By Allison Bisbey
Asset Securitization Report | Feb. 25, 2019
CleanFund and other providers of Property Assessed Clean Energy financing for commercial building are increasingly focusing on larger projects. While this should boost underwriting volume over time, it may have slowed the growth of the industry in the short term, according to CEO Greg Saunders.
Speaking at the Structured Finance Industry Group's annual conference in Las Vegas, Saunders said that the sponsors of larger commercial developments are starting to see all kinds of advantages to PACE, which creates a lien on a property that is senior to a first mortgage and is repaid alongside property taxes. It is generally less expensive than some other means of financing energy and water efficiency improvements, such as mezzanine financing.
Local governments are also becoming more supportive, according to Saunders. They realize that they need to offer "policy accommodations" that help offset the added cost of elevated standards for energy efficiency for both new construction and existing buildings.
CleanFund has provided quotes for PACE financing as large as $350 million on a multibillion-dollar developments. "We see larger PACE financing happening at the expense of smaller projects, those of $500,000, partly because of the cost and time involved in getting commercial mortgage lenders to consent," Saunders said.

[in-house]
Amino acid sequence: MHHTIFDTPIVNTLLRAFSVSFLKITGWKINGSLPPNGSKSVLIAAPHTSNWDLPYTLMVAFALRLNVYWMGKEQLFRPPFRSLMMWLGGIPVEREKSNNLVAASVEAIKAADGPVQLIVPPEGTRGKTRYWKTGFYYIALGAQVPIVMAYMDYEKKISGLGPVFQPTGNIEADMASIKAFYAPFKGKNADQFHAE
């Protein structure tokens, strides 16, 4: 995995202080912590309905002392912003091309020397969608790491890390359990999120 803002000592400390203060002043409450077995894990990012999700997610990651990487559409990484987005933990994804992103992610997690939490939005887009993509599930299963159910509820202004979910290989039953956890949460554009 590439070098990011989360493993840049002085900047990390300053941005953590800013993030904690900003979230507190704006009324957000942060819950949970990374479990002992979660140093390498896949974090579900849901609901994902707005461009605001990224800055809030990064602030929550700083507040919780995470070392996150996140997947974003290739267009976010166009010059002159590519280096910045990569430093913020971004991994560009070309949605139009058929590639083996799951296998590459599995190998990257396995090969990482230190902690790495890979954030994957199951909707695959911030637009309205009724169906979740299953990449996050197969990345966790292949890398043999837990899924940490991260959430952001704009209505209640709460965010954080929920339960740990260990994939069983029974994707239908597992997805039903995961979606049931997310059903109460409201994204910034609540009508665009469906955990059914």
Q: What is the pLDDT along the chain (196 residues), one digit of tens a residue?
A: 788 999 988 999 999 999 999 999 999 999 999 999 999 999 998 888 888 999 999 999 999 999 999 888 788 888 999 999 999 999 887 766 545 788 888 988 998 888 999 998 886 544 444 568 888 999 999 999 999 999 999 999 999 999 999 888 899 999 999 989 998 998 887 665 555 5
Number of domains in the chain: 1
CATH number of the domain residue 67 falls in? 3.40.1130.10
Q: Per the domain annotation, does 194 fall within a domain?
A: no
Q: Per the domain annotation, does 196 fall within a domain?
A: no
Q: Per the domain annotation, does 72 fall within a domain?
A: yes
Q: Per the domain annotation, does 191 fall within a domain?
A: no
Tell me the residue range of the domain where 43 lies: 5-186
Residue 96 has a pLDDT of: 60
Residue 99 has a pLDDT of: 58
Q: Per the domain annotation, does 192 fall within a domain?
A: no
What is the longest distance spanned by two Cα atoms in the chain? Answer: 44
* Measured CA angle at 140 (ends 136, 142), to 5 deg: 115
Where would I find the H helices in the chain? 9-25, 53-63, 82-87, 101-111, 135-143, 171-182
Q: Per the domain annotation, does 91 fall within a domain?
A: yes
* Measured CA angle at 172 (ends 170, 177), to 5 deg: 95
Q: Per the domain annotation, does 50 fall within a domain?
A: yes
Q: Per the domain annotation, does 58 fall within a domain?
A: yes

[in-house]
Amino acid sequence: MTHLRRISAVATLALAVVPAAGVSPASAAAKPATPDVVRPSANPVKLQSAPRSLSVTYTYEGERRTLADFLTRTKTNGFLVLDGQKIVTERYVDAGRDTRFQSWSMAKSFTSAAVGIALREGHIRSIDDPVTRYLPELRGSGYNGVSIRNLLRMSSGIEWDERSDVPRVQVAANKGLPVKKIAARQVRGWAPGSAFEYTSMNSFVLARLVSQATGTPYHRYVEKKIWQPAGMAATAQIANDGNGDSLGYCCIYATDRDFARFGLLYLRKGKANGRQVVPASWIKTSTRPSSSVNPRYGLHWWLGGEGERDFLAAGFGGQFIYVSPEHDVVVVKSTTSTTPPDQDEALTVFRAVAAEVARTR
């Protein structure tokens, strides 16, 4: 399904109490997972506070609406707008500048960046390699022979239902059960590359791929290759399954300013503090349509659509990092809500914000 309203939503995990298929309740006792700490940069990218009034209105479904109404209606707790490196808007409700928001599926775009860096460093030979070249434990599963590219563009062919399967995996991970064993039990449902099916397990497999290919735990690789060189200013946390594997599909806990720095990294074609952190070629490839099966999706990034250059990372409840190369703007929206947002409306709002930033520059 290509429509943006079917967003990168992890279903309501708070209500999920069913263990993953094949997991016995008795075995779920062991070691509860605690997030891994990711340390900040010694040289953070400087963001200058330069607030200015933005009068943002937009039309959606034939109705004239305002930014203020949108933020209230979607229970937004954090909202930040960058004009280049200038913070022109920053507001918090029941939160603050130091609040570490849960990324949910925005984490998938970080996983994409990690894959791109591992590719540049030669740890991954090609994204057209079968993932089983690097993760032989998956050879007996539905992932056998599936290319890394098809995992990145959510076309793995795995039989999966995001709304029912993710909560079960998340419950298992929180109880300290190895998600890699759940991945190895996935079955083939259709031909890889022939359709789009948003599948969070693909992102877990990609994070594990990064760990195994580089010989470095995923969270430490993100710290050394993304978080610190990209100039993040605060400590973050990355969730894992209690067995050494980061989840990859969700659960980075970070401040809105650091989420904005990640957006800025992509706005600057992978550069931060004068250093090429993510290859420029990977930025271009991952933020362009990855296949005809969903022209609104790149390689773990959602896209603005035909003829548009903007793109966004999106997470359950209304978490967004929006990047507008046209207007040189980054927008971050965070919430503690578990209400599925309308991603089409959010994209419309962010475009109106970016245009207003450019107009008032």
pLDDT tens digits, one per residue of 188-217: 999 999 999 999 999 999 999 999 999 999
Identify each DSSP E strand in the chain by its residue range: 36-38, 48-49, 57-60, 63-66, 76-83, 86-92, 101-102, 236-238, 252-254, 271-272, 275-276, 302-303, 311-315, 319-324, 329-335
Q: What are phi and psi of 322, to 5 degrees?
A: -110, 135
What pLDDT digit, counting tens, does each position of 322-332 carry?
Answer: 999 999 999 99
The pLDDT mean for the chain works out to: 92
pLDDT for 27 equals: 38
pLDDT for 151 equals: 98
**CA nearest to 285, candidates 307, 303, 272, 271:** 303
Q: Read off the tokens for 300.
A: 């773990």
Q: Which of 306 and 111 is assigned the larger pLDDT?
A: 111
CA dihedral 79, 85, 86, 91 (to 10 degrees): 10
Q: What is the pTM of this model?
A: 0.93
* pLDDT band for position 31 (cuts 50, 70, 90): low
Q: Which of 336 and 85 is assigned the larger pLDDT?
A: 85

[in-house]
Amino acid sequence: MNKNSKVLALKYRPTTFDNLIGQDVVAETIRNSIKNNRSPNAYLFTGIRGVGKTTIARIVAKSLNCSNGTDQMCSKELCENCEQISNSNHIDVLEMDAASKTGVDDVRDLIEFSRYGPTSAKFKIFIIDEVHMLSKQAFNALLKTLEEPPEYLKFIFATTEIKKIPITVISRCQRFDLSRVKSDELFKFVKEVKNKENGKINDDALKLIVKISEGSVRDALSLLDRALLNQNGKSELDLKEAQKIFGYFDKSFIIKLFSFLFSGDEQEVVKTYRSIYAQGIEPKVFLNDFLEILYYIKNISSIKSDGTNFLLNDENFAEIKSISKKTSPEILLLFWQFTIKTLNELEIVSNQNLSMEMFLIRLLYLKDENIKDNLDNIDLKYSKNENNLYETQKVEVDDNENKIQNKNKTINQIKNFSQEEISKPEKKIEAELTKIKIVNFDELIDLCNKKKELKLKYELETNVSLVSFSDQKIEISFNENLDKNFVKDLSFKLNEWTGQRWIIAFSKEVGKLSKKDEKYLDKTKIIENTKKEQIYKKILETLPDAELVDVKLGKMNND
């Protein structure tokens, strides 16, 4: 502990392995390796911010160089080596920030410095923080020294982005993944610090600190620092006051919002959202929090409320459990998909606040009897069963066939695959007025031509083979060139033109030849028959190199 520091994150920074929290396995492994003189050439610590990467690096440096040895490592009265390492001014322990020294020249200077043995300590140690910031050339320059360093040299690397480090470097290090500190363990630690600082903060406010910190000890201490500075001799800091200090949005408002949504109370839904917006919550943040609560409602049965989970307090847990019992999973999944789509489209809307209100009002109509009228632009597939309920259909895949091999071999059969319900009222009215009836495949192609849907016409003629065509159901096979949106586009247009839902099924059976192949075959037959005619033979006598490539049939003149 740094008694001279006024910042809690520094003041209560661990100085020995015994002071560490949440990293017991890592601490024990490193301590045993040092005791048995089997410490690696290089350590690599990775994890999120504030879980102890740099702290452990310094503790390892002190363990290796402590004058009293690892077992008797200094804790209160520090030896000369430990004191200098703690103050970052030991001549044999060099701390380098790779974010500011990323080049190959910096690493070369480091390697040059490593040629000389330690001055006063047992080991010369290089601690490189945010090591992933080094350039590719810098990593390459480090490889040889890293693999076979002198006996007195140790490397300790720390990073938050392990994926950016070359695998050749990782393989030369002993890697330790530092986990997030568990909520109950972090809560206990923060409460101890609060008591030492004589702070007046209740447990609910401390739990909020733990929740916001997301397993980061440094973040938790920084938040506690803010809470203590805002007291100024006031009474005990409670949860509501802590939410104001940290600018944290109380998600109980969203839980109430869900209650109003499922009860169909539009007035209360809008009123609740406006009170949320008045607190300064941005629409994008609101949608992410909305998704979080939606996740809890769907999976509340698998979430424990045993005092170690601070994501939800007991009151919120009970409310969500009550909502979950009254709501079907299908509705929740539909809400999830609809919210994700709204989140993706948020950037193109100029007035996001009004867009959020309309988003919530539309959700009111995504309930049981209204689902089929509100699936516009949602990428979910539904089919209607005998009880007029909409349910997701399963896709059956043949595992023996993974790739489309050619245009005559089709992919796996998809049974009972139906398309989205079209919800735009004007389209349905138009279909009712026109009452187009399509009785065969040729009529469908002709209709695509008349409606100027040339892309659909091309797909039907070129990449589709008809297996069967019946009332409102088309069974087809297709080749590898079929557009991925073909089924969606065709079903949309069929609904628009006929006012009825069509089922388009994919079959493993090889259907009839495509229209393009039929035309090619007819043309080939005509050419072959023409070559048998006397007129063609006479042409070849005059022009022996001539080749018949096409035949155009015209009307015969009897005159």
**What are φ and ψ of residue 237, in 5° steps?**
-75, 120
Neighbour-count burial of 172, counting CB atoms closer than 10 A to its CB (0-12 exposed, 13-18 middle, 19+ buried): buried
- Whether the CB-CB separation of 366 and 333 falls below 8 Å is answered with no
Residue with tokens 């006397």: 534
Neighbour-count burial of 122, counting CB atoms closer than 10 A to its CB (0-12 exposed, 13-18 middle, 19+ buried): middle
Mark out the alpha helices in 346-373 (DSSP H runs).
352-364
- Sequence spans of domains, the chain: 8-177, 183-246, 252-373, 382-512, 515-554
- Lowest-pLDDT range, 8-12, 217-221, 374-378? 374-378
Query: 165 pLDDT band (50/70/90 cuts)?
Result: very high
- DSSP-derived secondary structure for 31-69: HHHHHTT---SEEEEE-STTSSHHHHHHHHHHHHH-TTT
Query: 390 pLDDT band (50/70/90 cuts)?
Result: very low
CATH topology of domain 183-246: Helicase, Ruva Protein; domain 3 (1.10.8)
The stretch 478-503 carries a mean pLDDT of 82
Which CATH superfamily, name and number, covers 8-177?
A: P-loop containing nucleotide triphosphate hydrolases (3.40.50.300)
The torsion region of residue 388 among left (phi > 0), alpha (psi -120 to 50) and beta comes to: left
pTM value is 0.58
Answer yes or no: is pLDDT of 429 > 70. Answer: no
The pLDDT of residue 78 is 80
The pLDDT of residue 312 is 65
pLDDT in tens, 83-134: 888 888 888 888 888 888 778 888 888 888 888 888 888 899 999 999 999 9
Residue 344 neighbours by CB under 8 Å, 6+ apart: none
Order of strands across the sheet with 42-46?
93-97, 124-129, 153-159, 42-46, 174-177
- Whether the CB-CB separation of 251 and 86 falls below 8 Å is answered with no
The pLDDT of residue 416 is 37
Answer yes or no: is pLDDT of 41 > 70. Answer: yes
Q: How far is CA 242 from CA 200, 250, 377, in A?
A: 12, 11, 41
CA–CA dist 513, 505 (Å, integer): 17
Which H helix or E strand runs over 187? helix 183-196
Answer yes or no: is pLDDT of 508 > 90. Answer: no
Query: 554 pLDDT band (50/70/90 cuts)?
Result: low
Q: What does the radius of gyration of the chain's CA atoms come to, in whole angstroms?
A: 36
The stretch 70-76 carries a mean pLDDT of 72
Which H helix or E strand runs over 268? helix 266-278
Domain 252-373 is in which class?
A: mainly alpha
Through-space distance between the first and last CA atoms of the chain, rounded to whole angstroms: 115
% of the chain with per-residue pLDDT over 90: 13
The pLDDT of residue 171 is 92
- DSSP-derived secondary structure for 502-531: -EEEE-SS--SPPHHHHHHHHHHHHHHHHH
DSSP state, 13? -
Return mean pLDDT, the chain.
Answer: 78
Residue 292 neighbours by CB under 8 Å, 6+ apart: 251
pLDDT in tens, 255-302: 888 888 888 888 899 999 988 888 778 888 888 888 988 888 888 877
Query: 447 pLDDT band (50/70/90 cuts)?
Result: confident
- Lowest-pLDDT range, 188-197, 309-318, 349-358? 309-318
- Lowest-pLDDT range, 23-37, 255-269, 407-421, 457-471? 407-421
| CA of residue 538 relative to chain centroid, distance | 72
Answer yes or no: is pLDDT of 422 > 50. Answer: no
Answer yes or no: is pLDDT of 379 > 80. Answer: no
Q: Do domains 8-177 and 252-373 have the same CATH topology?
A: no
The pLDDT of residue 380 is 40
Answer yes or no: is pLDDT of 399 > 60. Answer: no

So far, CleanFund hasn't financed anything nearly as large as $350 million; most of the deals listed on its website are in the $1 million to $5 million range. For example, in October, it closed on day a $2.5 million transaction for a 178-room Hotel Indigo in Rochester, Minnesota. The hotel is undertaking a $20 million rehab-redesign of a former Holiday Inn. CleanFund’s portion of the financing is being used for things like energy-efficient HVAC, upgraded windows for efficiency and sound proofing, and LED lighting along with low-flow water fixtures.
The largest financing listed on CleanFund's website is a $40 million funding of seismic upgrades for the Seton Medical Center in Daly City, California. CleanFund provided half of the funding; the other half was provided by Petros PACE Finance.
There is a downside to pursuing larger projects, however. "We were a little disappointed" with industrywide volume last year, Saunders said. "It was only $20 million greater, on reported basis, than the prior year, but in 2017" volume rose 100% over 2016, he said. He noted that financing for larger projects is more complicated, and so requires more lead time, than does financing smaller projects. "We took our eyes off the ball for some origination," he said.